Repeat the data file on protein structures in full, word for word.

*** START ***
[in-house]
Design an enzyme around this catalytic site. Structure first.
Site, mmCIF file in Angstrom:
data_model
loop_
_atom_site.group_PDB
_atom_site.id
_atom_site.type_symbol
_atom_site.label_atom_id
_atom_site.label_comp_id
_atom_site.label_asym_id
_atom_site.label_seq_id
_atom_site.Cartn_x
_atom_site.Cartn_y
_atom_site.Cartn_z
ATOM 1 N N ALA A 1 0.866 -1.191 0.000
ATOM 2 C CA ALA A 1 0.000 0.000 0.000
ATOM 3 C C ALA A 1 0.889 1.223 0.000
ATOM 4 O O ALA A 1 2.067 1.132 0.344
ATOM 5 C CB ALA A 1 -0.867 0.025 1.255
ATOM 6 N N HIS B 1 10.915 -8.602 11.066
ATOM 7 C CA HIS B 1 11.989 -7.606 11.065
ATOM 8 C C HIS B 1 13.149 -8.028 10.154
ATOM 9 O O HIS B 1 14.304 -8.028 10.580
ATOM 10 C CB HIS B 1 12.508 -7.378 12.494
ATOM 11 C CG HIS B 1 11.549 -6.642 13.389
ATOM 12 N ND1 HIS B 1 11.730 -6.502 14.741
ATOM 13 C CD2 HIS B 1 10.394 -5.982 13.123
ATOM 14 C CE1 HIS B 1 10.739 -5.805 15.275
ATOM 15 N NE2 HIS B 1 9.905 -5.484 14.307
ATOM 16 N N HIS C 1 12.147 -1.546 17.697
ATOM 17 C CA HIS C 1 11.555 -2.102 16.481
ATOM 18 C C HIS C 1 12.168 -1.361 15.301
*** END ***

[in-house]
Design an enzyme around this catalytic site. Structure first.
Site, mmCIF file in Angstrom:
data_model
loop_
_atom_site.group_PDB
_atom_site.id
_atom_site.type_symbol
_atom_site.label_atom_id
_atom_site.label_comp_id
_atom_site.label_asym_id
_atom_site.label_seq_id
_atom_site.Cartn_x
_atom_site.Cartn_y
_atom_site.Cartn_z
ATOM 1 N N ALA A 1 0.866 -1.191 0.000
ATOM 2 C CA ALA A 1 0.000 0.000 0.000
ATOM 3 C C ALA A 1 0.889 1.223 0.000
ATOM 4 O O ALA A 1 2.067 1.132 0.344
ATOM 5 C CB ALA A 1 -0.867 0.025 1.255
ATOM 6 N N HIS B 1 10.915 -8.602 11.066
ATOM 7 C CA HIS B 1 11.989 -7.606 11.065
ATOM 8 C C HIS B 1 13.149 -8.028 10.154
ATOM 9 O O HIS B 1 14.304 -8.028 10.580
ATOM 10 C CB HIS B 1 12.508 -7.378 12.494
ATOM 11 C CG HIS B 1 11.549 -6.642 13.389
ATOM 12 N ND1 HIS B 1 11.730 -6.502 14.741
ATOM 13 C CD2 HIS B 1 10.394 -5.982 13.123
ATOM 14 C CE1 HIS B 1 10.739 -5.805 15.275
ATOM 15 N NE2 HIS B 1 9.905 -5.484 14.307
ATOM 16 N N HIS C 1 12.147 -1.546 17.697
ATOM 17 C CA HIS C 1 11.555 -2.102 16.481
ATOM 18 C C HIS C 1 12.168 -1.361 15.301